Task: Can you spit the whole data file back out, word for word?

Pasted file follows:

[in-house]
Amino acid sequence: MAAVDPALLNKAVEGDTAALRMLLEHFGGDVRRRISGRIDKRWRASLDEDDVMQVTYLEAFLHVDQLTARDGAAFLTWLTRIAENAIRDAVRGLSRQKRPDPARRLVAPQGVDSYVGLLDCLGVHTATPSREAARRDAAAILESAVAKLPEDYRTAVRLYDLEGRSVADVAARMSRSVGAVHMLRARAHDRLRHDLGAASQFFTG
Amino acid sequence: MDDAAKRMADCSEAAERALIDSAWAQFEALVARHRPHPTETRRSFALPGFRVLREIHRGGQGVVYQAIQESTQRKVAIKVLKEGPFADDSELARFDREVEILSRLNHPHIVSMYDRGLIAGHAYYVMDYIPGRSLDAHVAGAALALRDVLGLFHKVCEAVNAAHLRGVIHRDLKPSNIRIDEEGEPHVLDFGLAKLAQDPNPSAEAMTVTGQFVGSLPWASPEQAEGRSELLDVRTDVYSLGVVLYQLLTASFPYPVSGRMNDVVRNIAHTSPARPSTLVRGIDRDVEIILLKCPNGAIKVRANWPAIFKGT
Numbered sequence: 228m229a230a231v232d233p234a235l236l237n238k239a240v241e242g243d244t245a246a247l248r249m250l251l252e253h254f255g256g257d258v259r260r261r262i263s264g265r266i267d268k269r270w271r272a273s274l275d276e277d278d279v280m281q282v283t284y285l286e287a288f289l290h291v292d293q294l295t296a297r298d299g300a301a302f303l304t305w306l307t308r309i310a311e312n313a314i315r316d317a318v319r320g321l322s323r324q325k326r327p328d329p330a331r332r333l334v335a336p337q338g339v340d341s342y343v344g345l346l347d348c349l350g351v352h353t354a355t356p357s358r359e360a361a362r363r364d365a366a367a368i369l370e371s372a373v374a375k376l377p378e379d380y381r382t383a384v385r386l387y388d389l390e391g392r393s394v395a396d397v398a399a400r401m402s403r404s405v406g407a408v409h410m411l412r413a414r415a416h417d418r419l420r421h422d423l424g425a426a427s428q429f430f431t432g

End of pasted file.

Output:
[in-house]
Amino acid sequence: MAAVDPALLNKAVEGDTAALRMLLEHFGGDVRRRISGRIDKRWRASLDEDDVMQVTYLEAFLHVDQLTARDGAAFLTWLTRIAENAIRDAVRGLSRQKRPDPARRLVAPQGVDSYVGLLDCLGVHTATPSREAARRDAAAILESAVAKLPEDYRTAVRLYDLEGRSVADVAARMSRSVGAVHMLRARAHDRLRHDLGAASQFFTG
Amino acid sequence: MDDAAKRMADCSEAAERALIDSAWAQFEALVARHRPHPTETRRSFALPGFRVLREIHRGGQGVVYQAIQESTQRKVAIKVLKEGPFADDSELARFDREVEILSRLNHPHIVSMYDRGLIAGHAYYVMDYIPGRSLDAHVAGAALALRDVLGLFHKVCEAVNAAHLRGVIHRDLKPSNIRIDEEGEPHVLDFGLAKLAQDPNPSAEAMTVTGQFVGSLPWASPEQAEGRSELLDVRTDVYSLGVVLYQLLTASFPYPVSGRMNDVVRNIAHTSPARPSTLVRGIDRDVEIILLKCPNGAIKVRANWPAIFKGT
Numbered sequence: 228m229a230a231v232d233p234a235l236l237n238k239a240v241e242g243d244t245a246a247l248r249m250l251l252e253h254f255g256g257d258v259r260r261r262i263s264g265r266i267d268k269r270w271r272a273s274l275d276e277d278d279v280m281q282v283t284y285l286e287a288f289l290h291v292d293q294l295t296a297r298d299g300a301a302f303l304t305w306l307t308r309i310a311e312n313a314i315r316d317a318v319r320g321l322s323r324q325k326r327p328d329p330a331r332r333l334v335a336p337q338g339v340d341s342y343v344g345l346l347d348c349l350g351v352h353t354a355t356p357s358r359e360a361a362r363r364d365a366a367a368i369l370e371s372a373v374a375k376l377p378e379d380y381r382t383a384v385r386l387y388d389l390e391g392r393s394v395a396d397v398a399a400r401m402s403r404s405v406g407a408v409h410m411l412r413a414r415a416h417d418r419l420r421h422d423l424g425a426a427s428q429f430f431t432g